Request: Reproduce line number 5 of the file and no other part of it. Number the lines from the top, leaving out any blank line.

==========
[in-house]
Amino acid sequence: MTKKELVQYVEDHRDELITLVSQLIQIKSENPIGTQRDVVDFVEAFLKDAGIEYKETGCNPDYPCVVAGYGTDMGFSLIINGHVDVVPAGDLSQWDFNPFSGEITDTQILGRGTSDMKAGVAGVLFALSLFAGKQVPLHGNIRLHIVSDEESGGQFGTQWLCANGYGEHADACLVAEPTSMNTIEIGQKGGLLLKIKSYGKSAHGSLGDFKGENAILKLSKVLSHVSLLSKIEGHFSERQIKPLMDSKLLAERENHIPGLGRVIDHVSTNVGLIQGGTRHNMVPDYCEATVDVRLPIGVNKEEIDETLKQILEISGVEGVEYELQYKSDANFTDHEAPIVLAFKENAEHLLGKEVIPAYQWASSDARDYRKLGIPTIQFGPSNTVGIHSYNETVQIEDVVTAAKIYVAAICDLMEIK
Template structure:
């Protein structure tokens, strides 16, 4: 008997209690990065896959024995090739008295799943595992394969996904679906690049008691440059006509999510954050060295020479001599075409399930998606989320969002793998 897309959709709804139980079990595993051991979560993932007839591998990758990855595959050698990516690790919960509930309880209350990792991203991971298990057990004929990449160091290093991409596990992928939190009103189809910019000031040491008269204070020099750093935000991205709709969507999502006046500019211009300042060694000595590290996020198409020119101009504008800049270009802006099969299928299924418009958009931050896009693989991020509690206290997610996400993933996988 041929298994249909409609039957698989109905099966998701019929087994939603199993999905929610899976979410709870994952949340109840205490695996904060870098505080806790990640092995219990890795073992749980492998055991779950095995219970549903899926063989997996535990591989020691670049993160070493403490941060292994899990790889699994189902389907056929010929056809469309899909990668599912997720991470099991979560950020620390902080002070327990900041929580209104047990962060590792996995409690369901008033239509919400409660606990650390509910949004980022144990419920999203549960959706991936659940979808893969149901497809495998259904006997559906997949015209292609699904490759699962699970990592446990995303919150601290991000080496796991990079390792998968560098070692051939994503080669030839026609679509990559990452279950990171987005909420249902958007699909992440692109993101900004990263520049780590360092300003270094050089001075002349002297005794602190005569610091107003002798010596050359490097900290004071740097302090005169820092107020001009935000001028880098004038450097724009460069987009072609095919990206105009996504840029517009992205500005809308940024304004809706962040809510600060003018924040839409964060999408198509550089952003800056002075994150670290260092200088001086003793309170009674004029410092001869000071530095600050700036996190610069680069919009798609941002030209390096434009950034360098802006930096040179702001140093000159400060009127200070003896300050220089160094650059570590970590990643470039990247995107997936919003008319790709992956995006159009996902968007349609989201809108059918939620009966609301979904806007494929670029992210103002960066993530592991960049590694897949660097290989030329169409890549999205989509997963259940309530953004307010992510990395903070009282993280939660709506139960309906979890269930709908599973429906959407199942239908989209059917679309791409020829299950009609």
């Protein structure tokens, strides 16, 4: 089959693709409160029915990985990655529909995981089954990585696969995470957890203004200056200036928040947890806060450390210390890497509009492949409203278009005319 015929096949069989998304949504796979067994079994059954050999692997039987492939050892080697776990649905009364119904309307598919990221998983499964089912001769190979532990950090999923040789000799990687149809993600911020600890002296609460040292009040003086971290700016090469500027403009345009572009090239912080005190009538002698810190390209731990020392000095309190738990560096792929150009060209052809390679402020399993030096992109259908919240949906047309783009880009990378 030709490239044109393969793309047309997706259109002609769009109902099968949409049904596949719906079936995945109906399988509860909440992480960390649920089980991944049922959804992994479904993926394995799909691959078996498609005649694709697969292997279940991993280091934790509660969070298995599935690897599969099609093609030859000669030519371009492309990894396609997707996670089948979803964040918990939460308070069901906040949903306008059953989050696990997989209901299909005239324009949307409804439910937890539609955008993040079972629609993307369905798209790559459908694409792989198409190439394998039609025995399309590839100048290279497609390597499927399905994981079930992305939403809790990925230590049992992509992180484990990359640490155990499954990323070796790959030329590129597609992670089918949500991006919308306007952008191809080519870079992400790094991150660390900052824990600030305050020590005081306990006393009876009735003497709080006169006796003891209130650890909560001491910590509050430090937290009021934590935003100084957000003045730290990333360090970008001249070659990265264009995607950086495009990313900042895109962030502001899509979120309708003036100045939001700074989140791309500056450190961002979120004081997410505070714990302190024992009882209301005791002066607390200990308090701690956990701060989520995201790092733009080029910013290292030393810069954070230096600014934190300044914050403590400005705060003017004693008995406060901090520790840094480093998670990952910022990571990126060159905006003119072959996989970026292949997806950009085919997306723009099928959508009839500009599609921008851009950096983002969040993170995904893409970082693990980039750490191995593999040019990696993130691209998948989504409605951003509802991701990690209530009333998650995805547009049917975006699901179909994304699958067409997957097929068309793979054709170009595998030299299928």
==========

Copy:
């Protein structure tokens, strides 16, 4: 089959693709409160029915990985990655529909995981089954990585696969995470957890203004200056200036928040947890806060450390210390890497509009492949409203278009005319 015929096949069989998304949504796979067994079994059954050999692997039987492939050892080697776990649905009364119904309307598919990221998983499964089912001769190979532990950090999923040789000799990687149809993600911020600890002296609460040292009040003086971290700016090469500027403009345009572009090239912080005190009538002698810190390209731990020392000095309190738990560096792929150009060209052809390679402020399993030096992109259908919240949906047309783009880009990378 030709490239044109393969793309047309997706259109002609769009109902099968949409049904596949719906079936995945109906399988509860909440992480960390649920089980991944049922959804992994479904993926394995799909691959078996498609005649694709697969292997279940991993280091934790509660969070298995599935690897599969099609093609030859000669030519371009492309990894396609997707996670089948979803964040918990939460308070069901906040949903306008059953989050696990997989209901299909005239324009949307409804439910937890539609955008993040079972629609993307369905798209790559459908694409792989198409190439394998039609025995399309590839100048290279497609390597499927399905994981079930992305939403809790990925230590049992992509992180484990990359640490155990499954990323070796790959030329590129597609992670089918949500991006919308306007952008191809080519870079992400790094991150660390900052824990600030305050020590005081306990006393009876009735003497709080006169006796003891209130650890909560001491910590509050430090937290009021934590935003100084957000003045730290990333360090970008001249070659990265264009995607950086495009990313900042895109962030502001899509979120309708003036100045939001700074989140791309500056450190961002979120004081997410505070714990302190024992009882209301005791002066607390200990308090701690956990701060989520995201790092733009080029910013290292030393810069954070230096600014934190300044914050403590400005705060003017004693008995406060901090520790840094480093998670990952910022990571990126060159905006003119072959996989970026292949997806950009085919997306723009099928959508009839500009599609921008851009950096983002969040993170995904893409970082693990980039750490191995593999040019990696993130691209998948989504409605951003509802991701990690209530009333998650995805547009049917975006699901179909994304699958067409997957097929068309793979054709170009595998030299299928």